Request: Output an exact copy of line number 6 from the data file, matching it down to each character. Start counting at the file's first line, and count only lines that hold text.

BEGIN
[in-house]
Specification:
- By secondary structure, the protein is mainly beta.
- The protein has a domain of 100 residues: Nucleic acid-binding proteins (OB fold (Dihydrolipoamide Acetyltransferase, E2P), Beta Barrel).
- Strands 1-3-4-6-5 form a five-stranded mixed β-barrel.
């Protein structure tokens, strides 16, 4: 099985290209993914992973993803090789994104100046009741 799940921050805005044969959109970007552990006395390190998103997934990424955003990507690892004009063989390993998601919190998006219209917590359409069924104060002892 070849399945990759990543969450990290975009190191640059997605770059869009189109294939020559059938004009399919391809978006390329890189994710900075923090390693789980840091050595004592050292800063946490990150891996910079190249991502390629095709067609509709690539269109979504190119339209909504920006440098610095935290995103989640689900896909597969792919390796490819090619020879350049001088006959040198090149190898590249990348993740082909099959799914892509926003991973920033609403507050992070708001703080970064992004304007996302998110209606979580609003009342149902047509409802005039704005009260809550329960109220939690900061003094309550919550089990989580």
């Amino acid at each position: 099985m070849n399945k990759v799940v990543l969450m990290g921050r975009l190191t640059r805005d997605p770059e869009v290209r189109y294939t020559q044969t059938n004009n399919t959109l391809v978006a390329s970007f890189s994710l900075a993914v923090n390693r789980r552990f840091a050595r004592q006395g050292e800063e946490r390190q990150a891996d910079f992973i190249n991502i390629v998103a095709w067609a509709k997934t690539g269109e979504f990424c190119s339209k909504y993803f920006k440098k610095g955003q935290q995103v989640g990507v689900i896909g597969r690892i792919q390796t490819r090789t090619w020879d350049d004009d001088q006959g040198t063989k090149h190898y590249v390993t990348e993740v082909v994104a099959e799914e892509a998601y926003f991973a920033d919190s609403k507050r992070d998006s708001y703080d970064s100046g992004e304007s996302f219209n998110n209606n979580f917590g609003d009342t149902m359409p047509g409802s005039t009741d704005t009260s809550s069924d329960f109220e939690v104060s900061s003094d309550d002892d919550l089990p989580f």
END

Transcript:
């Protein structure tokens, strides 16, 4: 099985290209993914992973993803090789994104100046009741 799940921050805005044969959109970007552990006395390190998103997934990424955003990507690892004009063989390993998601919190998006219209917590359409069924104060002892 070849399945990759990543969450990290975009190191640059997605770059869009189109294939020559059938004009399919391809978006390329890189994710900075923090390693789980840091050595004592050292800063946490990150891996910079190249991502390629095709067609509709690539269109979504190119339209909504920006440098610095935290995103989640689900896909597969792919390796490819090619020879350049001088006959040198090149190898590249990348993740082909099959799914892509926003991973920033609403507050992070708001703080970064992004304007996302998110209606979580609003009342149902047509409802005039704005009260809550329960109220939690900061003094309550919550089990989580």